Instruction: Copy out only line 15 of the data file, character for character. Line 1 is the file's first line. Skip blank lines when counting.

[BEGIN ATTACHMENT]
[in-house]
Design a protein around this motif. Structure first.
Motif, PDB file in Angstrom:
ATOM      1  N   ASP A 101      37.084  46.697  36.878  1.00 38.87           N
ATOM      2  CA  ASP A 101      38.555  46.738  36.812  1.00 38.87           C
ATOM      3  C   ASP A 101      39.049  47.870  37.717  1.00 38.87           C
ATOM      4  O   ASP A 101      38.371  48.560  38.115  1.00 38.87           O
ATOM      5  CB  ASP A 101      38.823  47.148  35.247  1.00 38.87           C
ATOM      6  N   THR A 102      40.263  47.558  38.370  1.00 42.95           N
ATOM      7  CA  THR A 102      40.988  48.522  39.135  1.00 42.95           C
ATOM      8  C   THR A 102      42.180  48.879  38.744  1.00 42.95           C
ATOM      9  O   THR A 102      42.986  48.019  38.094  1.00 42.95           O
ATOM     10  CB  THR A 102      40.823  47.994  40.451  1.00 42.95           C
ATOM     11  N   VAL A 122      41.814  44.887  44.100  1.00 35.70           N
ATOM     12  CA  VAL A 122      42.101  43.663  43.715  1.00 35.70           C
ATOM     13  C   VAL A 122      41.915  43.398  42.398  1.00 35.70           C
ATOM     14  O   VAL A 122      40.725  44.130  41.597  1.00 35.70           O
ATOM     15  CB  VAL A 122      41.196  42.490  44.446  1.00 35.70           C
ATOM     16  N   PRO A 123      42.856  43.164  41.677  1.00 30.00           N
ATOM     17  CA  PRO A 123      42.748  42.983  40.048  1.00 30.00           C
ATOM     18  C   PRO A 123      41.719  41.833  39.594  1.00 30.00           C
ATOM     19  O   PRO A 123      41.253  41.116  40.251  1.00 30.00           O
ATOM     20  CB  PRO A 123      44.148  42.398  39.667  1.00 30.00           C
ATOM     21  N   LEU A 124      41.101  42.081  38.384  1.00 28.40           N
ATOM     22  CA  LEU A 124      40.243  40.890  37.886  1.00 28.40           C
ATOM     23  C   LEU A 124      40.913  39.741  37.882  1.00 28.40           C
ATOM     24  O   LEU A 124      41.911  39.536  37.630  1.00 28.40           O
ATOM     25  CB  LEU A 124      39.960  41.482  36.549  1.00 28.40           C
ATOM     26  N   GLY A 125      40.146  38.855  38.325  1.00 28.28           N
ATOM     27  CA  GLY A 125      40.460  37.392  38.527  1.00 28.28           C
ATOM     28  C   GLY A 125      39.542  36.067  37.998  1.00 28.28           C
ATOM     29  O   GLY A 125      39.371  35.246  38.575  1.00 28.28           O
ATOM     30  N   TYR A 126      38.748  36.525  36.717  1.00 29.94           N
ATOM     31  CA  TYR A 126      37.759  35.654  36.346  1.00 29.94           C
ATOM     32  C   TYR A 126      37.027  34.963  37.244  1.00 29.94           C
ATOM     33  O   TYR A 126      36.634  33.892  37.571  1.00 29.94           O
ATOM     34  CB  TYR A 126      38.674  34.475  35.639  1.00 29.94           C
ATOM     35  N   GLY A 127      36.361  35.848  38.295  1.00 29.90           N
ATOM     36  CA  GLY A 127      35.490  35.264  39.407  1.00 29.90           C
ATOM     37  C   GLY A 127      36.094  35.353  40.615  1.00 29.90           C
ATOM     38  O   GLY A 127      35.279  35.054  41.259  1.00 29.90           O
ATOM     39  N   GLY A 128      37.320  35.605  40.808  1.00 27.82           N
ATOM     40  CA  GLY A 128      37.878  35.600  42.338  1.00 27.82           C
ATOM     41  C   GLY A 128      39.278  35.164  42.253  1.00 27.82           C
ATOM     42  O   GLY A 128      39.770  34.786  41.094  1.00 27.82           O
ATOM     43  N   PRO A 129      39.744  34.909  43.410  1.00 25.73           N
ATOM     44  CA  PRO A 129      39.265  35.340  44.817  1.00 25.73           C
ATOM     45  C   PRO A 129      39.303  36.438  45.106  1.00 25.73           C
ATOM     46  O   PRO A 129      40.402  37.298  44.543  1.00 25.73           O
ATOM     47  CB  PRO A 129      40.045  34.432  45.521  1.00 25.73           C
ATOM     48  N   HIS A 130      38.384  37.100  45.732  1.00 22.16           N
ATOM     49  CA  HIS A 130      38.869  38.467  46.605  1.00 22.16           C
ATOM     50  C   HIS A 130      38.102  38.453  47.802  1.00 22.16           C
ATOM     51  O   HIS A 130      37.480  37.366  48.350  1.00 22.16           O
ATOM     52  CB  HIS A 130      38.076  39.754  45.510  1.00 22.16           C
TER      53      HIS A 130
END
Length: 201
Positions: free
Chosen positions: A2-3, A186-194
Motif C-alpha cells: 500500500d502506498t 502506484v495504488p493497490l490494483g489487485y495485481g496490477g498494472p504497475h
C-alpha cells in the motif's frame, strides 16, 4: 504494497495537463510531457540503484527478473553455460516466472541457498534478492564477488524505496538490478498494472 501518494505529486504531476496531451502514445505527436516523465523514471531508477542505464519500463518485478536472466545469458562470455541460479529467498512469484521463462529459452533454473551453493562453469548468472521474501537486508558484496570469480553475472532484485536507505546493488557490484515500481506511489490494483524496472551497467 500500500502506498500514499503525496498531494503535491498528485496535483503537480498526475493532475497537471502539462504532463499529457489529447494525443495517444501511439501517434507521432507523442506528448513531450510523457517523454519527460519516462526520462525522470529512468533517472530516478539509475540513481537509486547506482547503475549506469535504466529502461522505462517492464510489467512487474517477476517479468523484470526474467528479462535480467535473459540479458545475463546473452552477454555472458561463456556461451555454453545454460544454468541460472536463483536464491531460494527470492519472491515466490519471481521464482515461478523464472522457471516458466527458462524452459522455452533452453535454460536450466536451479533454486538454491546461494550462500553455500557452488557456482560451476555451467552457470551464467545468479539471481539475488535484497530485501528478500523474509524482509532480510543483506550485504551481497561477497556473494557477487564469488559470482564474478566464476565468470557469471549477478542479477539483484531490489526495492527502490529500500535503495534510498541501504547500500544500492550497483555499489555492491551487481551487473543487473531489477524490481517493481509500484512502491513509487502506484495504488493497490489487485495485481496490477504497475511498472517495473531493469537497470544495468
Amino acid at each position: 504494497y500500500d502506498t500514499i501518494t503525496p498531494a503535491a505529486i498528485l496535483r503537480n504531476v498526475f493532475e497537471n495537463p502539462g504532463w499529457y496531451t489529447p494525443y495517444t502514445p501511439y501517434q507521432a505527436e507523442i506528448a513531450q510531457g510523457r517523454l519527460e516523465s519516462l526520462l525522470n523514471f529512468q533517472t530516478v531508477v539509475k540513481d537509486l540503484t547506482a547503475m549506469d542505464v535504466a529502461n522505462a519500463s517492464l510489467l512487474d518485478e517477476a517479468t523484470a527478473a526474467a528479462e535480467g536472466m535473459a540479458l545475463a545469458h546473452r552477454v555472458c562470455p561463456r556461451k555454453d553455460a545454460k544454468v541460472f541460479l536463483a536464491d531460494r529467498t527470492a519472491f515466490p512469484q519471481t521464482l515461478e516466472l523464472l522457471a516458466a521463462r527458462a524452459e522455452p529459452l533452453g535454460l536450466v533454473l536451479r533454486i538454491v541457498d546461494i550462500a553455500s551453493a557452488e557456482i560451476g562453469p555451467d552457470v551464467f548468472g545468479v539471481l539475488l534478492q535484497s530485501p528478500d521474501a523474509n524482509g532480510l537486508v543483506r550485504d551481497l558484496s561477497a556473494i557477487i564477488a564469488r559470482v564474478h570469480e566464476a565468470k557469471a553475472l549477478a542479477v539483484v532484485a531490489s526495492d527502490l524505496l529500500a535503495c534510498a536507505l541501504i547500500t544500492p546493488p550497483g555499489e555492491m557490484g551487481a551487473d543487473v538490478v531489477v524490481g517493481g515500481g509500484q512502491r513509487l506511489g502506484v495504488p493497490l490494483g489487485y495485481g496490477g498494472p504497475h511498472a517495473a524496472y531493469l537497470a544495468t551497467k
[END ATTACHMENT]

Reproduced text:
ATOM     12  CA  VAL A 122      42.101  43.663  43.715  1.00 35.70           C